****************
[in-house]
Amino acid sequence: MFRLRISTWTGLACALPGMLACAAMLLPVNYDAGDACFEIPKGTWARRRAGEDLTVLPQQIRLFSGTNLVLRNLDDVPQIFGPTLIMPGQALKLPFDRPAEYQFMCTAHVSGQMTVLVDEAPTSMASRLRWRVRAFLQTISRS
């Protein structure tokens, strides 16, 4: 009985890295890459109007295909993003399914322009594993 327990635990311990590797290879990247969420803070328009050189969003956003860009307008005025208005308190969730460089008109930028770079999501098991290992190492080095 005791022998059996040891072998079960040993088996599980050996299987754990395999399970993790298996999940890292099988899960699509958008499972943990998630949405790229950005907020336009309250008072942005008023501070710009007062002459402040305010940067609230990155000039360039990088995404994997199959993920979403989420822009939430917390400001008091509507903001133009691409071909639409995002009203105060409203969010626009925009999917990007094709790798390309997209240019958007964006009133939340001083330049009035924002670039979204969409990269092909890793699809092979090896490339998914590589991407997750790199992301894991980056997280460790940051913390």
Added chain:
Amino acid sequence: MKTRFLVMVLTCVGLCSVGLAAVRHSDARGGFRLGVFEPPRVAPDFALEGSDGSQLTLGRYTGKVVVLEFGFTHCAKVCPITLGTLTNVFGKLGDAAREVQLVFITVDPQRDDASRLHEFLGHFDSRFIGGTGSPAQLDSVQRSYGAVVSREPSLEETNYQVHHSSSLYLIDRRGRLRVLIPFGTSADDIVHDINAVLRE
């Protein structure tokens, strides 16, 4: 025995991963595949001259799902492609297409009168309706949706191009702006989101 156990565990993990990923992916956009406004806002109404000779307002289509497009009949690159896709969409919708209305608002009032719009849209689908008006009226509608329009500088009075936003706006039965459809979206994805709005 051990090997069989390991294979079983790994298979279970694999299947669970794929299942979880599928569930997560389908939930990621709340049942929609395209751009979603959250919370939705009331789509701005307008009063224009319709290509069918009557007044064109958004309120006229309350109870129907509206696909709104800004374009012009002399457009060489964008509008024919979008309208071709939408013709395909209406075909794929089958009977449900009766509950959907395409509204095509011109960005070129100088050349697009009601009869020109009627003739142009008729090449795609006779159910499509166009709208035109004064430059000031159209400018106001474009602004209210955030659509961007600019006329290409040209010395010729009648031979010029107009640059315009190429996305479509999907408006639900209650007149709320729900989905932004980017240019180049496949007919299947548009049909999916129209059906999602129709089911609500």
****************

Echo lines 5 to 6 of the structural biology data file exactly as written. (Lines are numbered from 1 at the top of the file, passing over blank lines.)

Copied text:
Amino acid sequence: MKTRFLVMVLTCVGLCSVGLAAVRHSDARGGFRLGVFEPPRVAPDFALEGSDGSQLTLGRYTGKVVVLEFGFTHCAKVCPITLGTLTNVFGKLGDAAREVQLVFITVDPQRDDASRLHEFLGHFDSRFIGGTGSPAQLDSVQRSYGAVVSREPSLEETNYQVHHSSSLYLIDRRGRLRVLIPFGTSADDIVHDINAVLRE
């Protein structure tokens, strides 16, 4: 025995991963595949001259799902492609297409009168309706949706191009702006989101 156990565990993990990923992916956009406004806002109404000779307002289509497009009949690159896709969409919708209305608002009032719009849209689908008006009226509608329009500088009075936003706006039965459809979206994805709005 051990090997069989390991294979079983790994298979279970694999299947669970794929299942979880599928569930997560389908939930990621709340049942929609395209751009979603959250919370939705009331789509701005307008009063224009319709290509069918009557007044064109958004309120006229309350109870129907509206696909709104800004374009012009002399457009060489964008509008024919979008309208071709939408013709395909209406075909794929089958009977449900009766509950959907395409509204095509011109960005070129100088050349697009009601009869020109009627003739142009008729090449795609006779159910499509166009709208035109004064430059000031159209400018106001474009602004209210955030659509961007600019006329290409040209010395010729009648031979010029107009640059315009190429996305479509999907408006639900209650007149709320729900989905932004980017240019180049496949007919299947548009049909999916129209059906999602129709089911609500």